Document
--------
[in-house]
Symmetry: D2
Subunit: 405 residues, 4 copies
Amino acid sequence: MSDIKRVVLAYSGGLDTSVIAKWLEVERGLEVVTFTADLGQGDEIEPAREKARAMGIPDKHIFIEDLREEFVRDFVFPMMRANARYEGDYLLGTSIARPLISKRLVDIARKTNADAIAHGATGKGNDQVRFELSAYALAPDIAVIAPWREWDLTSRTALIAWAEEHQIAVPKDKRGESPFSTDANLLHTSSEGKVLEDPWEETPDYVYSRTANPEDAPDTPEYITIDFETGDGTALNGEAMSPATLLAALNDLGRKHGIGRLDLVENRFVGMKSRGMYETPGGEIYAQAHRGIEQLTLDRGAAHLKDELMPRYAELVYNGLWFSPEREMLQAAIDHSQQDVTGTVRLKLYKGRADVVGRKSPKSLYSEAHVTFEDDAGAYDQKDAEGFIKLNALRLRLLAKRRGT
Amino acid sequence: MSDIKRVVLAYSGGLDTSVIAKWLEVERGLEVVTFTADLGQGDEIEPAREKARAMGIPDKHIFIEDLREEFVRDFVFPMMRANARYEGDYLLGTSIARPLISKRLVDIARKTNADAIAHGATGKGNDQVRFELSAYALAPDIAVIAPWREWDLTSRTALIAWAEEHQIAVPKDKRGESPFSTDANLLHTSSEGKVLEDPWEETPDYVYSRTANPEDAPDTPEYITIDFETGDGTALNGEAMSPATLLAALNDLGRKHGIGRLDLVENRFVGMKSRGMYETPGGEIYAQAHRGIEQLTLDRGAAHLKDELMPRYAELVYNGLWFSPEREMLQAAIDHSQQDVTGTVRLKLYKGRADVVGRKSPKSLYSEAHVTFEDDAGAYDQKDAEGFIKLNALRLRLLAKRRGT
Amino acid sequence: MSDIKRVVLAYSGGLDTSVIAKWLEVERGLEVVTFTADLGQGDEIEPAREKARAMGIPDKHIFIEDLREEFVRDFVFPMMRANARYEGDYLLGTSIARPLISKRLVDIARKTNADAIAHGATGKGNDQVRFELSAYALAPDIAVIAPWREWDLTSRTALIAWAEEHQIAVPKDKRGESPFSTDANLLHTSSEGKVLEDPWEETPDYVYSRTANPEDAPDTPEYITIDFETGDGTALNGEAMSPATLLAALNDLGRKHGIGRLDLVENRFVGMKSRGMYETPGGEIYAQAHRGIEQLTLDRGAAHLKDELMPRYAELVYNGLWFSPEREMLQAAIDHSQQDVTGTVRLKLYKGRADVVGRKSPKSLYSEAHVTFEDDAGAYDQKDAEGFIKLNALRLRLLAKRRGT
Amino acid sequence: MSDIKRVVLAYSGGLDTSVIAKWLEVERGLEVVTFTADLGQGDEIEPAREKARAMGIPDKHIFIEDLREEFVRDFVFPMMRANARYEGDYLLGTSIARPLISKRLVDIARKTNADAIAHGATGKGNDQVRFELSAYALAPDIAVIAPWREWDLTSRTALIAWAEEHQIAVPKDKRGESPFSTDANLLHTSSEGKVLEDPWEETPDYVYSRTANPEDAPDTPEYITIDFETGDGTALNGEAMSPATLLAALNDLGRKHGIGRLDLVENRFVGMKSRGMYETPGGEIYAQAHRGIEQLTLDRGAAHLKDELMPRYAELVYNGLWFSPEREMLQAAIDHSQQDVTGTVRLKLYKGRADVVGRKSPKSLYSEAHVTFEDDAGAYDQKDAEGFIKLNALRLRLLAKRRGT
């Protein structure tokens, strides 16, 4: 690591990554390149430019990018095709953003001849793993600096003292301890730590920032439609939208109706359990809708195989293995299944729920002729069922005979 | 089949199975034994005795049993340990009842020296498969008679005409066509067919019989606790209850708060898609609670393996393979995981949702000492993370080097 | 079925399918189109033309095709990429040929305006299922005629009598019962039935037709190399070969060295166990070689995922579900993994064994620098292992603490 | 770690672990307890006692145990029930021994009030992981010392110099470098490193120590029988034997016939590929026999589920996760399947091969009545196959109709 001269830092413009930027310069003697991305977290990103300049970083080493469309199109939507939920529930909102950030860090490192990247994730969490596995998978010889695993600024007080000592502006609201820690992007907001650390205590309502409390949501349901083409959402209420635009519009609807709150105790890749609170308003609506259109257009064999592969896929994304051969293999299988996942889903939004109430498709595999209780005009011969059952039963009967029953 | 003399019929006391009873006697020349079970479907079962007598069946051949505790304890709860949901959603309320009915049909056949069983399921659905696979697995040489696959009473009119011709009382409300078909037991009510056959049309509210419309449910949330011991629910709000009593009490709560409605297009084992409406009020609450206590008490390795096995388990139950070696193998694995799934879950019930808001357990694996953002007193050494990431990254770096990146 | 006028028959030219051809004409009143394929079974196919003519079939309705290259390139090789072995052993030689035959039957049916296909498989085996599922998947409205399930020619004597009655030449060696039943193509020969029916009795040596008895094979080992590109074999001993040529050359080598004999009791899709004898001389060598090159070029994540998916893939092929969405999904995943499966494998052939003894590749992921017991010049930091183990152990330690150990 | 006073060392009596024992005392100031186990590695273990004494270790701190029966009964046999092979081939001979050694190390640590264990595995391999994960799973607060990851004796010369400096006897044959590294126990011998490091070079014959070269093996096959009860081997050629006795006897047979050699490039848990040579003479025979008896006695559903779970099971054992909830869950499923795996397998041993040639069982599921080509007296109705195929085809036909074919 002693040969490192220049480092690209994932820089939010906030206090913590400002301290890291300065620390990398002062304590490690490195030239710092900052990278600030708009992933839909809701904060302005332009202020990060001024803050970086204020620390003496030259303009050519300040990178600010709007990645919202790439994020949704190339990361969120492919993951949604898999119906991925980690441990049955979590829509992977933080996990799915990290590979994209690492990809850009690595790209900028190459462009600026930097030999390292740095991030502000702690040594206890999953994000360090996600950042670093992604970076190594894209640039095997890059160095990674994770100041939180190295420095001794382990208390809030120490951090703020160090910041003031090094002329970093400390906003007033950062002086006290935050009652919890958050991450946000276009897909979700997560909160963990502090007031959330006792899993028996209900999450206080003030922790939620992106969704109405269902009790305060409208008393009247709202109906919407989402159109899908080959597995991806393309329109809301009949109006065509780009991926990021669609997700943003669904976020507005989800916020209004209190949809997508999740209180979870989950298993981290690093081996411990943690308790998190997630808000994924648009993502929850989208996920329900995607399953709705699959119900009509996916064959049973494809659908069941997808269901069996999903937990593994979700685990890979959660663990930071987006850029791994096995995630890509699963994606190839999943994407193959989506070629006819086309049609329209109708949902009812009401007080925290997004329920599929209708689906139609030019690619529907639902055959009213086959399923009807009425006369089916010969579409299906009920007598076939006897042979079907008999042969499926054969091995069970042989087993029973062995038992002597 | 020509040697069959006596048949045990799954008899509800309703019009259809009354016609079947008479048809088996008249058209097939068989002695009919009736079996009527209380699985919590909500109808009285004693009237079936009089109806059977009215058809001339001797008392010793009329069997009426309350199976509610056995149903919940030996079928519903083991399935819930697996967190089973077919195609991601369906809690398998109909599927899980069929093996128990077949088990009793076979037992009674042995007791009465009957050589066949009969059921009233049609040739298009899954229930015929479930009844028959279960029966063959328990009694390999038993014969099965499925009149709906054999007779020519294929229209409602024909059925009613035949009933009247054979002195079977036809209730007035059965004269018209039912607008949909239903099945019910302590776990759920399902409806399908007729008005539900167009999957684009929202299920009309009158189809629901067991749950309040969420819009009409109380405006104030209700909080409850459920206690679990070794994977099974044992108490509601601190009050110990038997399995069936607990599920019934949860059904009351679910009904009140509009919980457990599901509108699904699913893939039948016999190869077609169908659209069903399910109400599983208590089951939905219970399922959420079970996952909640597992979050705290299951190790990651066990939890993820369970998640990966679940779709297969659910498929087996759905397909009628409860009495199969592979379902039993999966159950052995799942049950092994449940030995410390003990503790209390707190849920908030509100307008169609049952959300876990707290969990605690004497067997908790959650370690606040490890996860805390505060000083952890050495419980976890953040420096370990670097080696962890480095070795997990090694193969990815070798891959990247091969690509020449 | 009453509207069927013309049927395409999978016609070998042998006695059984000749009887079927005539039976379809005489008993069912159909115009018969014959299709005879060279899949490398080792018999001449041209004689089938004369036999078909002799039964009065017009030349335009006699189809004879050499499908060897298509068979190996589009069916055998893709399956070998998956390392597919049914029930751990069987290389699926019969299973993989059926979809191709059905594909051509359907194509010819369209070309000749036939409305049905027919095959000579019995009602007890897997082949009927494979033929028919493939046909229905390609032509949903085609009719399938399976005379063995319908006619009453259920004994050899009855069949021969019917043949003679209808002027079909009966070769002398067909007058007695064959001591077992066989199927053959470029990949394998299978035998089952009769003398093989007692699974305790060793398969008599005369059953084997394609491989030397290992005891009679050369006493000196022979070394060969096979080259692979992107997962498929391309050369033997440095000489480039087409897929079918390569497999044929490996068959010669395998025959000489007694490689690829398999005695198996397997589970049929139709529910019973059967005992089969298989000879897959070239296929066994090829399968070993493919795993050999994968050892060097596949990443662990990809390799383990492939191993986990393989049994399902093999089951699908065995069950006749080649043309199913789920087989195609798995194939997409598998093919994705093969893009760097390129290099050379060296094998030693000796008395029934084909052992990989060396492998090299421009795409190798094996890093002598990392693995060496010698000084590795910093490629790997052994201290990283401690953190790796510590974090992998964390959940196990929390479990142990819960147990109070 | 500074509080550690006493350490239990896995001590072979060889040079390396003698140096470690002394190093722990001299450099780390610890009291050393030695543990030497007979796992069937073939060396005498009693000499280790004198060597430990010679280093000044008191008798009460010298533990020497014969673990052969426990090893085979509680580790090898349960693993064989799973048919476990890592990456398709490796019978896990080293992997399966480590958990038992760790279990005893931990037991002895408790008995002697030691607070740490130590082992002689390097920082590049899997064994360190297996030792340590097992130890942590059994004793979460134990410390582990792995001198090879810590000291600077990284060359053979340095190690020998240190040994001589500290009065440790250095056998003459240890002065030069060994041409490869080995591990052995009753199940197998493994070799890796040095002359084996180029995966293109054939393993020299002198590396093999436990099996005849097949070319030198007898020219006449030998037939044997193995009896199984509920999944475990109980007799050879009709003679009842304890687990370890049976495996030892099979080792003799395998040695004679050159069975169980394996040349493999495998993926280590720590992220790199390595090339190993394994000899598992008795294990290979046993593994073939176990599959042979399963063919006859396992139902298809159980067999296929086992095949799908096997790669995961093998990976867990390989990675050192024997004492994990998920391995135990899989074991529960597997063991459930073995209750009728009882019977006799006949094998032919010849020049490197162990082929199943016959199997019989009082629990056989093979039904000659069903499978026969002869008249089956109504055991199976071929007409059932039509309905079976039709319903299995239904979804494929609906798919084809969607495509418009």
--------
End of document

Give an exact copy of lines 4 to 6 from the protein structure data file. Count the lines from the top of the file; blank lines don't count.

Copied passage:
Amino acid sequence: MSDIKRVVLAYSGGLDTSVIAKWLEVERGLEVVTFTADLGQGDEIEPAREKARAMGIPDKHIFIEDLREEFVRDFVFPMMRANARYEGDYLLGTSIARPLISKRLVDIARKTNADAIAHGATGKGNDQVRFELSAYALAPDIAVIAPWREWDLTSRTALIAWAEEHQIAVPKDKRGESPFSTDANLLHTSSEGKVLEDPWEETPDYVYSRTANPEDAPDTPEYITIDFETGDGTALNGEAMSPATLLAALNDLGRKHGIGRLDLVENRFVGMKSRGMYETPGGEIYAQAHRGIEQLTLDRGAAHLKDELMPRYAELVYNGLWFSPEREMLQAAIDHSQQDVTGTVRLKLYKGRADVVGRKSPKSLYSEAHVTFEDDAGAYDQKDAEGFIKLNALRLRLLAKRRGT
Amino acid sequence: MSDIKRVVLAYSGGLDTSVIAKWLEVERGLEVVTFTADLGQGDEIEPAREKARAMGIPDKHIFIEDLREEFVRDFVFPMMRANARYEGDYLLGTSIARPLISKRLVDIARKTNADAIAHGATGKGNDQVRFELSAYALAPDIAVIAPWREWDLTSRTALIAWAEEHQIAVPKDKRGESPFSTDANLLHTSSEGKVLEDPWEETPDYVYSRTANPEDAPDTPEYITIDFETGDGTALNGEAMSPATLLAALNDLGRKHGIGRLDLVENRFVGMKSRGMYETPGGEIYAQAHRGIEQLTLDRGAAHLKDELMPRYAELVYNGLWFSPEREMLQAAIDHSQQDVTGTVRLKLYKGRADVVGRKSPKSLYSEAHVTFEDDAGAYDQKDAEGFIKLNALRLRLLAKRRGT
Amino acid sequence: MSDIKRVVLAYSGGLDTSVIAKWLEVERGLEVVTFTADLGQGDEIEPAREKARAMGIPDKHIFIEDLREEFVRDFVFPMMRANARYEGDYLLGTSIARPLISKRLVDIARKTNADAIAHGATGKGNDQVRFELSAYALAPDIAVIAPWREWDLTSRTALIAWAEEHQIAVPKDKRGESPFSTDANLLHTSSEGKVLEDPWEETPDYVYSRTANPEDAPDTPEYITIDFETGDGTALNGEAMSPATLLAALNDLGRKHGIGRLDLVENRFVGMKSRGMYETPGGEIYAQAHRGIEQLTLDRGAAHLKDELMPRYAELVYNGLWFSPEREMLQAAIDHSQQDVTGTVRLKLYKGRADVVGRKSPKSLYSEAHVTFEDDAGAYDQKDAEGFIKLNALRLRLLAKRRGT